Show off your floors. Got hardwood? It’s what the majority of today’s home buyers look for because it’s easier to keep clean and better for allergies. Wall-to-wall carpeting isn’t the current trend, but it’s still okay in formal living rooms and bedrooms — and an area rug in a living room helps frame the space.

Hardwood not in the budget? Laminate still wins out over carpet. If you’re installing new flooring, keep this rule-of-thumb in mind: try to have no more than three different types (including carpeting) on each level of your house.

Think neutral. When it comes to colour, everyone has different tastes and sense of style. When you’re picking a colour for your walls, choose light, neutral hues with a matte finish and white trim. Light colours make rooms seem more spacious, and they appeal to more people than dark colours.

“Your home needs to have broad buyer appeal,” says Smithers. “Most people are comfortable with beiges and greens, and those colours are easy to paint over when it’s time for a change.”

Another tip: Paint to match your floors, not your furniture (you’ll be taking it with you, after all.)

Modernize with inexpensive décor. Neutral walls don’t have to mean boring rooms. Use your accents to add some colour and personality — like a colourful throw or decorative bowl. You don’t have to go high end. Stores like Ikea and HomeSense offer inexpensive items to dress up a space, or you can go online and hunt for items on Craigslist and Kijiji.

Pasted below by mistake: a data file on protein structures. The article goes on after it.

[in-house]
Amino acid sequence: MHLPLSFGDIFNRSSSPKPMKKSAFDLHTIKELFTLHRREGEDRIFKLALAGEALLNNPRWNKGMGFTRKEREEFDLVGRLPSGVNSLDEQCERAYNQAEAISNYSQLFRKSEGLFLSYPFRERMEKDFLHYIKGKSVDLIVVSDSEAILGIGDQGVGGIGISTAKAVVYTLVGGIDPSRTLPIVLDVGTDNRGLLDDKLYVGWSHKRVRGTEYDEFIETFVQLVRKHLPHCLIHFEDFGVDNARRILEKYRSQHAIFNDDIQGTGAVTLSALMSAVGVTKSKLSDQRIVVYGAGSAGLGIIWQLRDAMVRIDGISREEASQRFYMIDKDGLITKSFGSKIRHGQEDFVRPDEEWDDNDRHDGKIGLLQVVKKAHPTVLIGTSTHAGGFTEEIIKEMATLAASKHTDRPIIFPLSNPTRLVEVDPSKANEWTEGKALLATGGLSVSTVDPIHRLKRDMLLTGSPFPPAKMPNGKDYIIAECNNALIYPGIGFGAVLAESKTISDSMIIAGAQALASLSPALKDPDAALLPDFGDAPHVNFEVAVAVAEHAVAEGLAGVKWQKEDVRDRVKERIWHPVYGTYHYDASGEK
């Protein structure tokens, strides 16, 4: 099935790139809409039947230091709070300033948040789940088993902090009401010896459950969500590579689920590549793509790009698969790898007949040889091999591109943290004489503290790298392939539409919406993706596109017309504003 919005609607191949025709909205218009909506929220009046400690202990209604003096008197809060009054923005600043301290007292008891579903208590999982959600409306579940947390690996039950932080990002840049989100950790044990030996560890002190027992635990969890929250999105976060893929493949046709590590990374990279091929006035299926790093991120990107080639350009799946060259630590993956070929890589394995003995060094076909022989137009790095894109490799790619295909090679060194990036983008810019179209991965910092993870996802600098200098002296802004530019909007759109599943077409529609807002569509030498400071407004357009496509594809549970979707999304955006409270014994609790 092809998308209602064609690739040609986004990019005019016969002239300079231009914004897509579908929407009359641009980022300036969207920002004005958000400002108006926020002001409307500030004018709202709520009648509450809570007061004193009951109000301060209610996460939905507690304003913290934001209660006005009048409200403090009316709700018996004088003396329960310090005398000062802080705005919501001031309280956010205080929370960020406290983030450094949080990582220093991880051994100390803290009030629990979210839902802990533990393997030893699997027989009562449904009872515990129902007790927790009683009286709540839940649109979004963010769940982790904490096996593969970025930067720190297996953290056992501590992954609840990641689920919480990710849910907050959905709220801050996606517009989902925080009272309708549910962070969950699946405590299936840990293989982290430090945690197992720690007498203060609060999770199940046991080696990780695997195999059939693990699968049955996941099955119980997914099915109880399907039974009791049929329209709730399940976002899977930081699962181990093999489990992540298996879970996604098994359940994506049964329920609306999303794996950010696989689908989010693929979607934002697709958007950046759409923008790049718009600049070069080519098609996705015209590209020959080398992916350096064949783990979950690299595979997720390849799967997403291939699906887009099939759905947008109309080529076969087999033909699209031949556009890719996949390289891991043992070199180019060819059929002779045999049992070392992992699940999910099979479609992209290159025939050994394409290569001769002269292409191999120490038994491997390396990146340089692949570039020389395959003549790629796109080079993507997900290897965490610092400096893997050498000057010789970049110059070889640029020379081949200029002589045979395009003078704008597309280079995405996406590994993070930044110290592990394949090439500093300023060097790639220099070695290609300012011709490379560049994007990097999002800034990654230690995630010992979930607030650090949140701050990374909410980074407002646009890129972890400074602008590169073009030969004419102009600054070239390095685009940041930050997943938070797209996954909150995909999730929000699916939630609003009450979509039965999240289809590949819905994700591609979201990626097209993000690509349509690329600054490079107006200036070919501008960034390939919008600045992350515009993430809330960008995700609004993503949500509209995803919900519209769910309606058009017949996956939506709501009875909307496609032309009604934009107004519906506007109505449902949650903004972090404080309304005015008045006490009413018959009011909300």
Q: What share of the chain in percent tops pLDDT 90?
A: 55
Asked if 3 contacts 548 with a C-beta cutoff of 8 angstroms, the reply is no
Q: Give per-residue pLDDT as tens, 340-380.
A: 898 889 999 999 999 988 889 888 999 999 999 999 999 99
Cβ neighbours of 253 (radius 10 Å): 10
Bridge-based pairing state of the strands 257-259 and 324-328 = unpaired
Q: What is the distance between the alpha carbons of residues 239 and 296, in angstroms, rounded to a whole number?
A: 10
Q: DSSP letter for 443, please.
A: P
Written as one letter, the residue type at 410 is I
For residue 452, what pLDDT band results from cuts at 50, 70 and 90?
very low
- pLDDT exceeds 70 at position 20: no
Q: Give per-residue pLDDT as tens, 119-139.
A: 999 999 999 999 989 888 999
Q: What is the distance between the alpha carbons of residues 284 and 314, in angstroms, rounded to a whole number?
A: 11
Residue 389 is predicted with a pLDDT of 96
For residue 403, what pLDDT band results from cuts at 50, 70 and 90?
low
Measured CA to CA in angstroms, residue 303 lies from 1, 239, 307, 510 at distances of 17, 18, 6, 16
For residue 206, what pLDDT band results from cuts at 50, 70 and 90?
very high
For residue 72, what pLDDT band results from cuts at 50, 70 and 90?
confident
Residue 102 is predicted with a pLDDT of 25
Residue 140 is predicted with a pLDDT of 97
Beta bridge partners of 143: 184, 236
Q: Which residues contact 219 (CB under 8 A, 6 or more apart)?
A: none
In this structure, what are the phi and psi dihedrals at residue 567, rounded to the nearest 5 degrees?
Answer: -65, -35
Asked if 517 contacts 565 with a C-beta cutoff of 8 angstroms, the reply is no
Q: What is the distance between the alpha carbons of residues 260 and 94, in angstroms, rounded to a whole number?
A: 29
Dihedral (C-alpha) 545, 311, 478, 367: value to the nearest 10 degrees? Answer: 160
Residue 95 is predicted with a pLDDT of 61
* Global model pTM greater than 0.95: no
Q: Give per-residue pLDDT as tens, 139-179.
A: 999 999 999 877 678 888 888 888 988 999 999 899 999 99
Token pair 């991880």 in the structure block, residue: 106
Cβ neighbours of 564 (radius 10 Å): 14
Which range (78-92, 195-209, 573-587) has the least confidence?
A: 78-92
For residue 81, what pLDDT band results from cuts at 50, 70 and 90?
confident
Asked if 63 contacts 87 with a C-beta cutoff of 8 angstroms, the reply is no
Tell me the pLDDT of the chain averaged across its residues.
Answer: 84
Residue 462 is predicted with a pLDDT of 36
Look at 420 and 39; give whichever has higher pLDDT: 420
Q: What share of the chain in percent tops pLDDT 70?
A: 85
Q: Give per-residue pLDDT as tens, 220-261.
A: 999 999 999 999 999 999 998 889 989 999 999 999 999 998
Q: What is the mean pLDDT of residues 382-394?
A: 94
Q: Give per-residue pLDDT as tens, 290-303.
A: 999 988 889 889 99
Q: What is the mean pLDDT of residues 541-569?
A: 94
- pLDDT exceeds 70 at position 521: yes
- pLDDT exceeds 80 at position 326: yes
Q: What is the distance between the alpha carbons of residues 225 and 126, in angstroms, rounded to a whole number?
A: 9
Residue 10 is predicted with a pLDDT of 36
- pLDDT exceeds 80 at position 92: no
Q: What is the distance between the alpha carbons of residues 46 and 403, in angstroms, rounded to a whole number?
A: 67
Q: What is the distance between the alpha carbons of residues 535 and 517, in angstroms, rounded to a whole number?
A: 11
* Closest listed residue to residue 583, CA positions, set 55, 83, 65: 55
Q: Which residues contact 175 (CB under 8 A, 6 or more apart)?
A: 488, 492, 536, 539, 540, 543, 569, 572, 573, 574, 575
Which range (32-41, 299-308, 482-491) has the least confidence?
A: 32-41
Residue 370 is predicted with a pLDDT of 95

Another option: talk to your friends and family — they may have something you can borrow.

Create a vignette. Even though you are de-personalizing your home, that doesn’t mean it has to look bare. Smithers recommends setting up little areas that invite in potential buyers. For instance, in a spacious bedroom a chair paired with a small side table with a book, clean coffee mug and some flowers suggests a space that someone would want to use.

Update the hardware. Little details matter too — like lighting fixtures and the handles and knobs on your cupboards and doors. Replacing them is another cost-effective way to update the look of your room. If you want to tap into current trends, nix the brass and look for brushed nickel or stainless steel. Again, you don’t have to go top-of-the-line, but you shouldn’t skim the bottom either: aim for the middle for all finishings.

Rent or borrow. Don’t have a lot of cash to put into accessories or furniture? Many companies rent furniture, and you’ll want something in each room if you’ve already moved out because vacated spaces are hard to sell. Buyers like having a frame of reference so they can imagine how their furniture will work and get a sense of scale.

Get a professional opinion. Think hiring a home stager will cost a lot? You can have someone walk you through the process — from de-cluttering to setting up your new home — but you also learn a lot from a consultation. It can be hard to be objective about our own homes, but the $100 consultation fee can pay off the advice you’ll get — including where best to spend your time and money.

Planning to DIY? A book or e-book is an inexpensive way to get expert advice.

One final word of advice: photograph your home looking at its best. You may be in a hurry to sell, but your listing should show off your staged home, not the “before” pictures. Why? Smithers notes that almost 80 per cent of buyers look to the Internet first. Clean, well-maintained and appealing homes will get people in your door — but chances are they won’t stop by if they see clutter, dirt and dated décor.

“We buy based on emotion,” says Smithers. “We want something that looks nice, that’s appealing. All those subconscious things make a difference. Ultimately, you want potential buyers to look at your home and think ‘wow, I can see myself living here.’


Curious to see the transformation? Smithers shared some of her “before and after” shots:

Living room/office before staging.

Living room/office after staging. (Notice how the room now fulfills its intended purpose.)

The “Rabbit Room” before staging.

The “Rabbit Room” after staging. (Note the new colour scheme and lack of clutter.)